faliraki-beachOnce a fishing village, and some brochures claim it still is, a visitor would be hard put to find a fisherman on the main beach at Faliraki these days. Often dubbed ‘lively’ in the brochures Faliraki resort, about 15 kilometres south of Rodos, is little more than a noisy neon teenage playpen. Jet skiing, go karting, bungy jumping are offered to the daily influx of frolicky young visitors whose idea of fun is getting smashed on lager and making a lot of noise.
And noise there is, brain-addling at night as the bars and clubs wind up to full power. The din can be heard several kilometres away. Faliraki beach is a gritty flat sand and packed with bodies from dawn to well after dusk. Mosquitoes home in from the nearby lowland to gorge on the bare teenage flesh.
Drinks at Faliraki bars will cost up to six times supermarket prices and the street touts from the clubs and bars can be both persistent and aggressive. Perversely, some holiday hotels promote a Cycladic village theme for those wishing to enjoy the ‘Greek experience’ that has been comprehensively cemented over. Faliraki waterpark is nearby, one of the largest in Europe, with water flumes and slides for any bored by the beach ” experience” And, if its fishermen you want, there is a small harbour at the southern end of Faliraki beach where a few can still be seen in the early morning.

Tsambika beach

tsambika-beach-rhodesOverlooked by a Gibraltar-like rocky outcrop topped by a monastery, the swathe of soft sand at Tsambika or Tsambiki, also spelt Tsampiki or Tsampkia, is reached down a precipitous, hairpin road.
The steep descent keeps out tourist buses and other public transport, but Tsambika beach nevertheless teems with tourists and the sunbeds are fanned like playing cards. A beach taverna is supplemented by several beach cantinas offering drinks, sandwiches and shady relief from the sun. Behind, the sand peters out to a dirt and gravel car park.
According to legend, barren women had only to climb barefoot to the tiny white Byzantine church of Panayia Tsambika above the beach to ensure pregnancy. As a result many of the island’s children are named Tsambikos or Tsambika, depending on their sex. The rock outcrop above overlooks both Kolimbia and Tsambika beaches with stupendous views along the coast.

Glystra beach Rhodes

glistra beachGlystra is a small cove with an inviting beach of good fine sand that lies to the south of Lardos. This ‘undiscovered’ beach tends to take overspill from more northern beaches at Pefkos and Lardos.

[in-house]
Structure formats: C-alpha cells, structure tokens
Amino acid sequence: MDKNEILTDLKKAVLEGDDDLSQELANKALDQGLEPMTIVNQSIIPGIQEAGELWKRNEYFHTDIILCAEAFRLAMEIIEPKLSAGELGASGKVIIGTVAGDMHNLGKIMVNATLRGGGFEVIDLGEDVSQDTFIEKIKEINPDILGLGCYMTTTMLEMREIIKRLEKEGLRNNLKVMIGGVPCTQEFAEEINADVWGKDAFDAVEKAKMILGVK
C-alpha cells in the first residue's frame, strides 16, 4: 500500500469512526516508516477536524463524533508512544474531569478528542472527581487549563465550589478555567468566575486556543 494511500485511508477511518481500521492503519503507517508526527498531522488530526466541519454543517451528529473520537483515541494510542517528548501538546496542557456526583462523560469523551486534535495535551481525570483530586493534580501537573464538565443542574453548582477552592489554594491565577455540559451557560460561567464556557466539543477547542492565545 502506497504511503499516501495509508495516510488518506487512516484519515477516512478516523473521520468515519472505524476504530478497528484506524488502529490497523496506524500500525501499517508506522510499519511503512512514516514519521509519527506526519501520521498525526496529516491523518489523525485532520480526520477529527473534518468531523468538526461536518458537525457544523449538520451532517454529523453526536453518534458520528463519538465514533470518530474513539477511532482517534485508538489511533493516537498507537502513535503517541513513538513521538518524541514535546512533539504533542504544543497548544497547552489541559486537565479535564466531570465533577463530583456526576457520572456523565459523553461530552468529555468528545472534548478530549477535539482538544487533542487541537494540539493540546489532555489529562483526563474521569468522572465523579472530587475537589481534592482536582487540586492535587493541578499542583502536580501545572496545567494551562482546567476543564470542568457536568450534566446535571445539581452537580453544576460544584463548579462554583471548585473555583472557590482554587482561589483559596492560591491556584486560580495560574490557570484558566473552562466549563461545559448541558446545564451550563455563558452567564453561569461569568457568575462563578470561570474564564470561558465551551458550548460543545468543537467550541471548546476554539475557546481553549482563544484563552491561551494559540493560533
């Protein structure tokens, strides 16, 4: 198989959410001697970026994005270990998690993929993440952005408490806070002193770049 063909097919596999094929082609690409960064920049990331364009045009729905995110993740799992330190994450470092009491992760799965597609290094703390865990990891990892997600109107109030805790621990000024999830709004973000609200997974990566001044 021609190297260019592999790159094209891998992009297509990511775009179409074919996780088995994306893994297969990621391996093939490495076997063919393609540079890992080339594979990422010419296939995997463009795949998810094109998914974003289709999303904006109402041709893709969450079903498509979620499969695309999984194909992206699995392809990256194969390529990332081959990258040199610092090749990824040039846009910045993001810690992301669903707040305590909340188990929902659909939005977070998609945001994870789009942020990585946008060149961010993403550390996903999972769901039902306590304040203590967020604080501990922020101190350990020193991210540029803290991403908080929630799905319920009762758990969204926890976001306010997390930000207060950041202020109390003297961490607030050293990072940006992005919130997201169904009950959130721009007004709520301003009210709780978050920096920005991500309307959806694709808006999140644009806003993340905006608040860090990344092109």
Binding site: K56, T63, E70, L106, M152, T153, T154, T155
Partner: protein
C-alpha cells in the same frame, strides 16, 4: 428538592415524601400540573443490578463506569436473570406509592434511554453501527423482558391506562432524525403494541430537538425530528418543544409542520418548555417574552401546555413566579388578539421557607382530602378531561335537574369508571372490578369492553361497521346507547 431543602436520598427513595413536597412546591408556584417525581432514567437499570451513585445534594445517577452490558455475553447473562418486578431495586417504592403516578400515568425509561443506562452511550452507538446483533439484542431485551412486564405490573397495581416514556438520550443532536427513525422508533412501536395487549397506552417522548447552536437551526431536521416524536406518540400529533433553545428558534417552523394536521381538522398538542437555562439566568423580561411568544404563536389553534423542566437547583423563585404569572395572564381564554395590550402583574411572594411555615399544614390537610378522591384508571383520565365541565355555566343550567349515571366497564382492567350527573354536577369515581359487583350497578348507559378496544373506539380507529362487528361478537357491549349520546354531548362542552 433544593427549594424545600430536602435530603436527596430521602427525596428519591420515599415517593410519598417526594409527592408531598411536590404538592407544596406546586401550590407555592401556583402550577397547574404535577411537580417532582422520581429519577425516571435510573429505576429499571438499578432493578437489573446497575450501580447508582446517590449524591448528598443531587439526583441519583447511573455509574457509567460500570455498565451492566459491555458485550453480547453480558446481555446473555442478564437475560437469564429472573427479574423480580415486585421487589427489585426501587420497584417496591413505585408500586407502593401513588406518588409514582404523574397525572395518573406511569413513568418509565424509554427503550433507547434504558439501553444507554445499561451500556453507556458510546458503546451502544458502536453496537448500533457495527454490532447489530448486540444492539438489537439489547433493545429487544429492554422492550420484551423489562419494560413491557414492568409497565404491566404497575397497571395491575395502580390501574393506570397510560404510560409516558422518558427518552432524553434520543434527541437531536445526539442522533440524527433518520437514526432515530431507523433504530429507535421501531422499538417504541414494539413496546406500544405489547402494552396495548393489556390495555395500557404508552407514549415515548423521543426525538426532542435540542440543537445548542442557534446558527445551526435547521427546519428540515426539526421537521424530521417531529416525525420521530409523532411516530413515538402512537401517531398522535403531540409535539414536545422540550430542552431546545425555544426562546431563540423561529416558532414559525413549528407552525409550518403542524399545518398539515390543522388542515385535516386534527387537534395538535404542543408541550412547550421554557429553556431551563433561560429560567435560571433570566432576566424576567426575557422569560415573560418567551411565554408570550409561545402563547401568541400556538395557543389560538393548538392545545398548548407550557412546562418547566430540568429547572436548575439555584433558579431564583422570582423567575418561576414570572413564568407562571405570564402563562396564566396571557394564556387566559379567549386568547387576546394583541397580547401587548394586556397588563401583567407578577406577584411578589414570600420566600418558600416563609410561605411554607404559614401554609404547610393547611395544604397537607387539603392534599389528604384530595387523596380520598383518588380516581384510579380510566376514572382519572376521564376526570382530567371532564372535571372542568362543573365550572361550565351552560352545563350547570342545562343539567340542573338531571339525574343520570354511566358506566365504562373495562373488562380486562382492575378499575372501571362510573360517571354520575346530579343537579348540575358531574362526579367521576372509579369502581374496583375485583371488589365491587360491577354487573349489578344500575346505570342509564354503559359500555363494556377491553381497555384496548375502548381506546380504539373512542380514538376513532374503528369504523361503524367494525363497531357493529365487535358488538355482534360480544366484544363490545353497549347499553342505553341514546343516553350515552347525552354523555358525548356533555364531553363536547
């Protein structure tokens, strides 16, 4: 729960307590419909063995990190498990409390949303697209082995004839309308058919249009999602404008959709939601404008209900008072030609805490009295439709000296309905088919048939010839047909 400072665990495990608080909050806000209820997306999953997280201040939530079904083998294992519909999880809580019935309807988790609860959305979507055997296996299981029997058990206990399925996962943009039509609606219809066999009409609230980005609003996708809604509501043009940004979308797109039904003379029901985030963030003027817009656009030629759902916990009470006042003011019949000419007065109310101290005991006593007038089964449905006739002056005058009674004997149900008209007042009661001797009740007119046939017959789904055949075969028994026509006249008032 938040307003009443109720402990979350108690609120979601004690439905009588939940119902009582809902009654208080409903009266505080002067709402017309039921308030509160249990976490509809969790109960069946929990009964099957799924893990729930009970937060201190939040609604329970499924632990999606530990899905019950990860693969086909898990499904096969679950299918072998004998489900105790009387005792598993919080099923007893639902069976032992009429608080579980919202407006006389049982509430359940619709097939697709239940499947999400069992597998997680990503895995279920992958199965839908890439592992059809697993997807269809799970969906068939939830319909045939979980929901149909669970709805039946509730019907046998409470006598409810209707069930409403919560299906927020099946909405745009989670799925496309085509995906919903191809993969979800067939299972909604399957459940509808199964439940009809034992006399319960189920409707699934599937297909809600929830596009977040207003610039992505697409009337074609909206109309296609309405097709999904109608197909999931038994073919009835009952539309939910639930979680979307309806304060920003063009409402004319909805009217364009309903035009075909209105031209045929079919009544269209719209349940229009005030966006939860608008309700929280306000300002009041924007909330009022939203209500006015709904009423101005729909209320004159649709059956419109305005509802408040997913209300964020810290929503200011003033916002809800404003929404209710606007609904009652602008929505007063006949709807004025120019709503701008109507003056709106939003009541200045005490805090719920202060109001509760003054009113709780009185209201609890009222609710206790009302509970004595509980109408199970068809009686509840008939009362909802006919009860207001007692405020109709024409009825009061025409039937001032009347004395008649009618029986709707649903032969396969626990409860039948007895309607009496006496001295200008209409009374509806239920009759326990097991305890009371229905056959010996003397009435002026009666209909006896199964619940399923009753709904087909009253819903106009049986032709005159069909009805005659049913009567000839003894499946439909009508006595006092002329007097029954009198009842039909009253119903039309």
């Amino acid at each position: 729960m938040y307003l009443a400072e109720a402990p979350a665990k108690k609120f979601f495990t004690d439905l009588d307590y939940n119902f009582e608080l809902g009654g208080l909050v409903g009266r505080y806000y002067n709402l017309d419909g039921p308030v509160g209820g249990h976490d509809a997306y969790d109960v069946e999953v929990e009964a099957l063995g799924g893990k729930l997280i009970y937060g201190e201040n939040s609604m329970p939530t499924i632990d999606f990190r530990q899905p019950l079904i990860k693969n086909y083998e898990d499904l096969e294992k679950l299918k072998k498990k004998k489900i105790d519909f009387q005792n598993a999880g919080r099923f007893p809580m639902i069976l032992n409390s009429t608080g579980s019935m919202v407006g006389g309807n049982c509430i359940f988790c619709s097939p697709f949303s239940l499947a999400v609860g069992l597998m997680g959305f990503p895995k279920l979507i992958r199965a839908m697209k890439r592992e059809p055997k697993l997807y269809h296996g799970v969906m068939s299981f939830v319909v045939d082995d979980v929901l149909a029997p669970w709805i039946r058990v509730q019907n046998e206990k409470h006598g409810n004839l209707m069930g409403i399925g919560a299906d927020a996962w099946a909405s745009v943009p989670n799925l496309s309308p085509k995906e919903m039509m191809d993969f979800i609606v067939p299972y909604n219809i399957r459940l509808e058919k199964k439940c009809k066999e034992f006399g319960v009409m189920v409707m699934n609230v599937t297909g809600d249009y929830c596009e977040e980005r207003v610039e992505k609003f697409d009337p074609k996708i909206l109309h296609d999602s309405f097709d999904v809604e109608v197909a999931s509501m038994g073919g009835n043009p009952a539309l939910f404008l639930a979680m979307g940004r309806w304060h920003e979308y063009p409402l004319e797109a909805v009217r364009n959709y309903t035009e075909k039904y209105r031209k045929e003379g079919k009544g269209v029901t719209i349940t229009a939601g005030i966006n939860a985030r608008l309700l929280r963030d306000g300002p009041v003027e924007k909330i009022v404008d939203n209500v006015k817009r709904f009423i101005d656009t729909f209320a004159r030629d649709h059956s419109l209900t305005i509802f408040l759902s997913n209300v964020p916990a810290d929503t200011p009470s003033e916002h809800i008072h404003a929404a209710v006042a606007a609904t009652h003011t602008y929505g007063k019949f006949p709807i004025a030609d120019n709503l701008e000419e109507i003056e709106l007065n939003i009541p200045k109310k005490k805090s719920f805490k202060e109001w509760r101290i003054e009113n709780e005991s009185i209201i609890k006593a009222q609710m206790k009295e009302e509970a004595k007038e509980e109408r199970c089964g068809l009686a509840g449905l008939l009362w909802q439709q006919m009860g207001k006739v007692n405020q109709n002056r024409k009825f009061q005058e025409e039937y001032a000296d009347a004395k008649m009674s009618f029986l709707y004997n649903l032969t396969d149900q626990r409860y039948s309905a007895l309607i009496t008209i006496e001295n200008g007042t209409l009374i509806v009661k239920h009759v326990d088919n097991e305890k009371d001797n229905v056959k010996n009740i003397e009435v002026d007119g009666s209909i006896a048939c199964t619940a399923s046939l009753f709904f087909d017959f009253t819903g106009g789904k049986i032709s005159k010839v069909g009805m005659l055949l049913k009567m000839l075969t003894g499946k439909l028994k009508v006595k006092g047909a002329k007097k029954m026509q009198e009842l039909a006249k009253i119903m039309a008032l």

The sands at Glystra are quite deep and the beach makes a long sweep around an attractive bay. The water is shallow, so it’s fine for families with young children while snorkellers can hunt for the shell of a car dumped in the middle of the bay. There is good parking at the northern end of Glystra beach and a family-run cantina opens in the summer providing sunbeds and good food. The beach, although pleasant enough, is rather exposed with little natural shade.

Prassonisi beach

prasonisi-beach-rhodesAt Prassonissi, a dramatic three kilometre spit of sand charges out to sea with the choppy Aegean on one side and the calm Mediterranean on the other. The views are astonishing from a distance, but close up the beach tends to be grubby and dirty, not least because of the cars and jeeps that are parked on it. In winter the seas can link up and turn the spot into a genuine island, about 80km from Rodos. Even in summer the strong winds can force sunbathers to seek shelter. Surfers find Prassonissi ideal, especially off the northern shore, and many professionals come here to train. On most days the sea is alive with sailboards. There are a couple of tavernas at the roadside and there are surfboards and wet suits for hire.

Lardos beach Rhodes

lardos-beachLardos is set in a large bay, about 65km from Rodos, is little more than a group of supermarkets, some tavernas, car hire firms and a few large hotels. A big aparthotel went up but the projected tourist liveliness in Lardos failed to happens as the building work on the coast has fizzled out. The sand at Lardos is soft, if a little gritty, but the water is invitingly clean. Many visitors to this part of Rhodes tend to give Lardos a miss and opt for the nearby sandy beach of Glystra. The village is a 20-minute walk inland where there is a proper Greek community and a good selection of bars, shops and restaurants. Life centres around the tree-lined village square and its impressive fountain fed by mountain springs. There is live Greek music in the square on festival nights and there are organised trips to Lindos, Rhodes City and other island sights.

Kolymbia beach

kolymbia-beachThe approach to Kolymbia is dramatic, along an arrow-straight road lined with mature eucalyptus. Built as a model farm by the Italians, Kolimbia, Kolymbia or Kolympia, is remarkable for the local houses, noted for their over-large chimney stacks. The resort, about 25km from Rodos, is relatively small and much favoured by German package tour operators. It has a picturesque rocky cove with an attractive beach to the north, mostly shingle with watersports at each end. A long, scruffy beach nearby is backed by an impressively ugly hotel and some sandy coves to the south are a 10-minute walk. Kolymbia has an unhurried air despite the visitor numbers and most hotels blend unobtrusively into the landscape.